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Ei Mühle, liebe Mühle (1851) Op.112


Part of a series or song cycle:

Der Rose Pilgerfahrt II (Op. 112)


Ei Mühle, liebe Mühle

Frauenchor:
Ei Mühle, liebe Mühle,
Wie schau’st so schmuck du heut’!
Du trägst geziert mit Blumen
Ein sonntägliches Kleid.
Du hast selbst deine Giebel
Mit Kränzen reich geschmückt,
So froh hast du noch nimmer
In’s Tal hineingeblickt.
Ei Waldbach, wie manierlich
Trollst du am Haus vorbei!
Du fleissig Rad der Mühle,
Bist du heut’ arbeitsfrei,
Ei Knappen, liebe Knappen,
Wie seht so schmuck ihr heut’,
Ihr tragt, verziert mit Bändern,
Das schönste Sonntagskleid.
Ihr habt die neuen Hüte
Mit Blumen reich geschmückt
Und sie kokett manierlich
Schräg auf den Kopf gedruckt.
Ei Knappen – Warum feiern,
Am Wochentage heut’,
Das fleiss’ge Rad der Mühle,
Und ihr, die fleiss’gen Leut?

Ah mill, dear mill

Women’s chorus:
Ah mill, dear mill,
How festive you look today!
Bedecked with flowers, you look like you’re
Wearing your Sunday best.
Even your dormers you have
Richly adorned with wreaths.
Thus joyfully you have never
Looked into the valley
Ah forest stream, how decorously
You saunter past the house!
You diligent millwheel,
Today you are having a holiday,
Ah squires, dear squires,
How festive you look today!
You’re wearing, decorated with ribbons,
Your Sunday best.
You have richly decorated
Your new hats with flowers
And coquettishly pressed them properly
Slantwise upon your heads.
Ah, squires – why are resting
Today on a weekday
The diligent millwheel
And you, the diligent people?
Translations by Sharon Krebs first published in 2009 at lieder.net, and reprinted by Carus-Verlag

If you would like to use our texts and translations, please click here for more information.

Composer

Robert Schumann was a German composer and influential music critic. He is widely regarded as one of the greatest composers of the Romantic era. Schumann left the study of law, intending to pursue a career as a virtuoso pianist. He had been assured by his teacher Friedrich Wieck that he could become the finest pianist in Europe, but a hand injury ended this dream. Schumann then focused his musical energies on composing.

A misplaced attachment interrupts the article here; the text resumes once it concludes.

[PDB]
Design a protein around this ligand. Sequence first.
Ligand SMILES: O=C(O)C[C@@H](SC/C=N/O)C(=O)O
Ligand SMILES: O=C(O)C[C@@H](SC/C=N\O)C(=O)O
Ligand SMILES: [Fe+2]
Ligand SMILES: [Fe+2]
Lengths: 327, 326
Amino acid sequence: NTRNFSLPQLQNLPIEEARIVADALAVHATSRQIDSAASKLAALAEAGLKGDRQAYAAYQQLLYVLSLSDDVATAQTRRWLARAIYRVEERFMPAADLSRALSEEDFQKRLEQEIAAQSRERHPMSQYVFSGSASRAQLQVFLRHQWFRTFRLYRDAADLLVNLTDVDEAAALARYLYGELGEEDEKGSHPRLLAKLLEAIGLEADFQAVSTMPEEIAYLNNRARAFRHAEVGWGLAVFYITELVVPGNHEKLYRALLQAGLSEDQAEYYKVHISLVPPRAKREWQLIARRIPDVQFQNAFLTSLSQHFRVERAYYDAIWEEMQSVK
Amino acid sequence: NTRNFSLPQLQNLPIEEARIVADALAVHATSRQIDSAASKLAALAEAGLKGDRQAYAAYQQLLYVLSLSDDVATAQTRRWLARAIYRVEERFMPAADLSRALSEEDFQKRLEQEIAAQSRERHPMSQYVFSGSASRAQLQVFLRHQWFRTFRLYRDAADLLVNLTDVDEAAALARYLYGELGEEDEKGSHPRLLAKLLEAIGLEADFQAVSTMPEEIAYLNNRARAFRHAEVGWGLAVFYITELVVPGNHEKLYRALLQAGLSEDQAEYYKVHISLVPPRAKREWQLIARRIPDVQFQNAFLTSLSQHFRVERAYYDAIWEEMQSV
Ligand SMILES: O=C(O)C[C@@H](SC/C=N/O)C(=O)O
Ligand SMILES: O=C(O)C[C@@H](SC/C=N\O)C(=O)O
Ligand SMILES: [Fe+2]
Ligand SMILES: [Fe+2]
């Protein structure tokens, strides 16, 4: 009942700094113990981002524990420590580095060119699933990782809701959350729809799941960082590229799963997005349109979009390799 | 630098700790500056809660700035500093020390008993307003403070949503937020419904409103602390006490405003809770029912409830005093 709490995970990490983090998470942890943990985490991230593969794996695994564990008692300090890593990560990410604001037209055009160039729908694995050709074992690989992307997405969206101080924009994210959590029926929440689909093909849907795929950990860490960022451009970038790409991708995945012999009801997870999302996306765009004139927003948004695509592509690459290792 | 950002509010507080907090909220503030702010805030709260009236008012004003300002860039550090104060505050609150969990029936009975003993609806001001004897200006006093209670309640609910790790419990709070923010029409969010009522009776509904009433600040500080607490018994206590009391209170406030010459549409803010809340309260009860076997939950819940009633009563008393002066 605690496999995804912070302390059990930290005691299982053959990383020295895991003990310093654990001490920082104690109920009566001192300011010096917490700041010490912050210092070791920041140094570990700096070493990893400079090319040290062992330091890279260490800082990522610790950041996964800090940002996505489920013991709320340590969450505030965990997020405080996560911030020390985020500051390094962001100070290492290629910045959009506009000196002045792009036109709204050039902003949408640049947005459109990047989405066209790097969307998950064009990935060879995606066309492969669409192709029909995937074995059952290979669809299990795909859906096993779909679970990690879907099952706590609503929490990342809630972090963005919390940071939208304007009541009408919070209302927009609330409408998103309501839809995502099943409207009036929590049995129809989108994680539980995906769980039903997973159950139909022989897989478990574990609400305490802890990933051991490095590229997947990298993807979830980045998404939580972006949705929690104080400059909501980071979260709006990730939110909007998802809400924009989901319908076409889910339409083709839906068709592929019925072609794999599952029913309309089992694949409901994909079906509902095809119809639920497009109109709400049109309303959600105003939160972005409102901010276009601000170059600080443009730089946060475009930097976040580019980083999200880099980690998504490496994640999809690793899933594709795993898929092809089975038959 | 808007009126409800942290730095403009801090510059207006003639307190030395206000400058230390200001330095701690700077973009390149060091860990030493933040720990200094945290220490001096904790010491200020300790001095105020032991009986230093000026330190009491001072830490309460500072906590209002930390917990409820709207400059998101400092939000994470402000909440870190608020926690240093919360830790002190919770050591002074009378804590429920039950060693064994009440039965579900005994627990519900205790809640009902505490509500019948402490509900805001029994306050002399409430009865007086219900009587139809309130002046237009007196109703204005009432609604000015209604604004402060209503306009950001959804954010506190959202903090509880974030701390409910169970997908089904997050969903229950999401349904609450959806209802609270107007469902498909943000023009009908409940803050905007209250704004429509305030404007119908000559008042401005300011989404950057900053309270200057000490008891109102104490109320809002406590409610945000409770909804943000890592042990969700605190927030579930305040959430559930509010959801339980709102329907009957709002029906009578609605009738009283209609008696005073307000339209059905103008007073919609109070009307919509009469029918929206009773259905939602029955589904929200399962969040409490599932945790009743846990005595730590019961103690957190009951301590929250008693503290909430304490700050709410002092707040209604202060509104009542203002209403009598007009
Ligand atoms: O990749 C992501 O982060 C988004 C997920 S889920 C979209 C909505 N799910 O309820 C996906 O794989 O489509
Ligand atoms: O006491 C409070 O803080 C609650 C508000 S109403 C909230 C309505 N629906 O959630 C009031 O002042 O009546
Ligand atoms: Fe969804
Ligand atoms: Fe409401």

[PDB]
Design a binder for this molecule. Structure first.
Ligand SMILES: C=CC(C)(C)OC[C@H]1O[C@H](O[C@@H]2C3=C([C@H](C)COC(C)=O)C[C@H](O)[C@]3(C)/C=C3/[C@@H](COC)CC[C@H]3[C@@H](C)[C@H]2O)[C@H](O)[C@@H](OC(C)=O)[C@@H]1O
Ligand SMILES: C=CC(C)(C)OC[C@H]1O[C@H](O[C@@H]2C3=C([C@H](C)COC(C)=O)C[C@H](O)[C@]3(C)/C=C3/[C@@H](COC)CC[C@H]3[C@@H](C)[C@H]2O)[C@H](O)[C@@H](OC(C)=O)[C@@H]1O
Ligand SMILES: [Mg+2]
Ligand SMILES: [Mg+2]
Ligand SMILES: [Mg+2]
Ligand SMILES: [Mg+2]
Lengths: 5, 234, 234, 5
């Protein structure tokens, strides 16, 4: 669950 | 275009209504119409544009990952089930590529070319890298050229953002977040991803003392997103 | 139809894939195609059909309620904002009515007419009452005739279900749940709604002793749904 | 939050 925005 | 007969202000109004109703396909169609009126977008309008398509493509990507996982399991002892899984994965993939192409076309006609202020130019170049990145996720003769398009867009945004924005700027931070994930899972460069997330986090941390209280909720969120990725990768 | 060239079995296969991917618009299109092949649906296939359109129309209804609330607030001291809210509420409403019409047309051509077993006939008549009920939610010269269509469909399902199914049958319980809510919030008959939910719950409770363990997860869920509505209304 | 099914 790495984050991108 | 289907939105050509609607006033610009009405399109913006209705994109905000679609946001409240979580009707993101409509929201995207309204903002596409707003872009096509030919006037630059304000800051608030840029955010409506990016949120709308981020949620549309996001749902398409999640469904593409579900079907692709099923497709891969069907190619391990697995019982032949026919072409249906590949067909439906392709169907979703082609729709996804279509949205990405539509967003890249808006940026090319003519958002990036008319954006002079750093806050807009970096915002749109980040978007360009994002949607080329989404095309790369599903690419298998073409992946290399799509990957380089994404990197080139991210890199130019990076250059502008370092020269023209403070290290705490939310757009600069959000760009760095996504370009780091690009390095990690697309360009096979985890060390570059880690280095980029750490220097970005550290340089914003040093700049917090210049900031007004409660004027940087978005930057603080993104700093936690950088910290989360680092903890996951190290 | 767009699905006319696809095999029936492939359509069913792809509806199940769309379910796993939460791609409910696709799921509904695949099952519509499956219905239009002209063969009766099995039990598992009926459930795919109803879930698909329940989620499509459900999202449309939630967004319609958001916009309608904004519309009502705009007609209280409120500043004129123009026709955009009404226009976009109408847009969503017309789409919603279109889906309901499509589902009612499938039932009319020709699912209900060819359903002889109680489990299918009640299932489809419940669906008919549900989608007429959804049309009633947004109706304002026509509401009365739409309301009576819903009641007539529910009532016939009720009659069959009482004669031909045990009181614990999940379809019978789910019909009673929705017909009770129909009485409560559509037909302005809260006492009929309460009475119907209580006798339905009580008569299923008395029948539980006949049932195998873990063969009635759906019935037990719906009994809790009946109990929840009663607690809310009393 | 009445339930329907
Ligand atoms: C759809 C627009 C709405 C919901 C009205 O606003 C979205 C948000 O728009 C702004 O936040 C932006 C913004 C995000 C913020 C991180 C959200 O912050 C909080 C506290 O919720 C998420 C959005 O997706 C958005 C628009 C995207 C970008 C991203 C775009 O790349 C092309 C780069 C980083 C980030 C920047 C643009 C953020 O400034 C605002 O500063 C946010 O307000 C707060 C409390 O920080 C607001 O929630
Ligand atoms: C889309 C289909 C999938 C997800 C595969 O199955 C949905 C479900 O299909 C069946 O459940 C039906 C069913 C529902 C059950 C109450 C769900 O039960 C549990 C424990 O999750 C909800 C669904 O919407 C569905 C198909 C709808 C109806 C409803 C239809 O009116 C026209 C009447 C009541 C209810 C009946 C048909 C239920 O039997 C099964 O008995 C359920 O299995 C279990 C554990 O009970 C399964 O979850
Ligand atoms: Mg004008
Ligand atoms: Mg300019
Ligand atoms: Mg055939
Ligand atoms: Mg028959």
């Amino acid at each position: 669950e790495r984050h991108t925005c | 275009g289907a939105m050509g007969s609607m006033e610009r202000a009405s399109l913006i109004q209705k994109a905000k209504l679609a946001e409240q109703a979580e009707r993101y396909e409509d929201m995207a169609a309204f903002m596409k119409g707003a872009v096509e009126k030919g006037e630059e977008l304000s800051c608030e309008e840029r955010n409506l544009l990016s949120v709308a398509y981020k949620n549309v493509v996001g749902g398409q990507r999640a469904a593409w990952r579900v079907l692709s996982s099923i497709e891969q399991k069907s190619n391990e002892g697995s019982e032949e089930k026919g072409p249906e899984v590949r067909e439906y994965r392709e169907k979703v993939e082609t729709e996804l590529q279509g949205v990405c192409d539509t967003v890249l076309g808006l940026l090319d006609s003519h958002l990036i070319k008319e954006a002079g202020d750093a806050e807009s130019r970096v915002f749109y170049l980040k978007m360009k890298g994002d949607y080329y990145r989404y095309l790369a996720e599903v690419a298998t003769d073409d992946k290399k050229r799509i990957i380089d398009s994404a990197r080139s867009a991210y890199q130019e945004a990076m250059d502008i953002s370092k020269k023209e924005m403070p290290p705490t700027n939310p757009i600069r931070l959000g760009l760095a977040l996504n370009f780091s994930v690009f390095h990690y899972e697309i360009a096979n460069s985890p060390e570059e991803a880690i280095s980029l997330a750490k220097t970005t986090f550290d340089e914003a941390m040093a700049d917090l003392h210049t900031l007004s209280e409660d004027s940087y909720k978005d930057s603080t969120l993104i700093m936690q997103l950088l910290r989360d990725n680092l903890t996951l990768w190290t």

Schumann's published compositions were written exclusively for the piano until 1840; he later composed works for piano and orchestra; many Lieder (songs for voice and piano); four symphonies; an opera; and other orchestral, choral, and chamber works. Works such as KinderszenenAlbum für die JugendBlumenstück, the Sonatas and Albumblätter are among his most famous. His writings about music appeared mostly in the Neue Zeitschrift für Musik (New Journal for Music), a Leipzig-based publication which he jointly founded.

In 1840, Schumann married Friedrich Wieck's daughter Clara, against the wishes of her father, following a long and acrimonious legal battle, which found in favor of Clara and Robert. Clara also composed music and had a considerable concert career as a pianist, the earnings from which formed a substantial part of her father's fortune.

Schumann suffered from a lifelong mental disorder, first manifesting itself in 1833 as a severe melancholic depressive episode, which recurred several times alternating with phases of ‘exaltation’ and increasingly also delusional ideas of being poisoned or threatened with metallic items. After a suicide attempt in 1854, Schumann was admitted to amental asylum, at his own request, in Endenich near Bonn. Diagnosed with "psychotic melancholia", Schumann died two years later in 1856 without having recovered from his mental illness.

Taken from wikipedia. To read the rest of the article, please click here.


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